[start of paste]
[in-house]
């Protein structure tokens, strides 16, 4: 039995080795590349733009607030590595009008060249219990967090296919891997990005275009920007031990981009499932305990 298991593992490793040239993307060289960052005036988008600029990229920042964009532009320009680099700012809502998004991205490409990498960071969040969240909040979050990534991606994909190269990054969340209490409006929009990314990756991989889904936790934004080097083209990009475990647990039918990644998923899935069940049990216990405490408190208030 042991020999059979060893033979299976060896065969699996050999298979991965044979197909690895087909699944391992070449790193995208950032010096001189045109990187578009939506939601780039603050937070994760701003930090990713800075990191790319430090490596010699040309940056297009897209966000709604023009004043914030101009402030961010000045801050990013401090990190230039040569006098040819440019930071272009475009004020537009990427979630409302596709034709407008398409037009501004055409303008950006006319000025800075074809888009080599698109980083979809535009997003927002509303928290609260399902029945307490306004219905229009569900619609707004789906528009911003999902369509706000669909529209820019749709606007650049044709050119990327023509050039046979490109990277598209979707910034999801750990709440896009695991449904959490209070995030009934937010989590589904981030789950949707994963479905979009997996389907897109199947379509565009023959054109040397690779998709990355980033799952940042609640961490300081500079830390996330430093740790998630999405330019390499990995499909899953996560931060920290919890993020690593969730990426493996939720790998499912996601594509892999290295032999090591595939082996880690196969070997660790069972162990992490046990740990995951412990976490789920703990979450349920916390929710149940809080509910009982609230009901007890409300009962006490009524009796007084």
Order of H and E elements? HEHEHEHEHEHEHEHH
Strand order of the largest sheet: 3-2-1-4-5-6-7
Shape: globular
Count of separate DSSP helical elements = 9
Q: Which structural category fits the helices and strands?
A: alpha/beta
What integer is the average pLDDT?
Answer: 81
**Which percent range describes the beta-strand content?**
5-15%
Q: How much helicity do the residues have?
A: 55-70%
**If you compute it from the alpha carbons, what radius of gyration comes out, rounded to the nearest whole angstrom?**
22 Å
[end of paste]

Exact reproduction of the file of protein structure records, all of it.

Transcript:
[in-house]
């Protein structure tokens, strides 16, 4: 039995080795590349733009607030590595009008060249219990967090296919891997990005275009920007031990981009499932305990 298991593992490793040239993307060289960052005036988008600029990229920042964009532009320009680099700012809502998004991205490409990498960071969040969240909040979050990534991606994909190269990054969340209490409006929009990314990756991989889904936790934004080097083209990009475990647990039918990644998923899935069940049990216990405490408190208030 042991020999059979060893033979299976060896065969699996050999298979991965044979197909690895087909699944391992070449790193995208950032010096001189045109990187578009939506939601780039603050937070994760701003930090990713800075990191790319430090490596010699040309940056297009897209966000709604023009004043914030101009402030961010000045801050990013401090990190230039040569006098040819440019930071272009475009004020537009990427979630409302596709034709407008398409037009501004055409303008950006006319000025800075074809888009080599698109980083979809535009997003927002509303928290609260399902029945307490306004219905229009569900619609707004789906528009911003999902369509706000669909529209820019749709606007650049044709050119990327023509050039046979490109990277598209979707910034999801750990709440896009695991449904959490209070995030009934937010989590589904981030789950949707994963479905979009997996389907897109199947379509565009023959054109040397690779998709990355980033799952940042609640961490300081500079830390996330430093740790998630999405330019390499990995499909899953996560931060920290919890993020690593969730990426493996939720790998499912996601594509892999290295032999090591595939082996880690196969070997660790069972162990992490046990740990995951412990976490789920703990979450349920916390929710149940809080509910009982609230009901007890409300009962006490009524009796007084």
Order of H and E elements? HEHEHEHEHEHEHEHH
Strand order of the largest sheet: 3-2-1-4-5-6-7
Shape: globular
Count of separate DSSP helical elements = 9
Q: Which structural category fits the helices and strands?
A: alpha/beta
What integer is the average pLDDT?
Answer: 81
**Which percent range describes the beta-strand content?**
5-15%
Q: How much helicity do the residues have?
A: 55-70%
**If you compute it from the alpha carbons, what radius of gyration comes out, rounded to the nearest whole angstrom?**
22 Å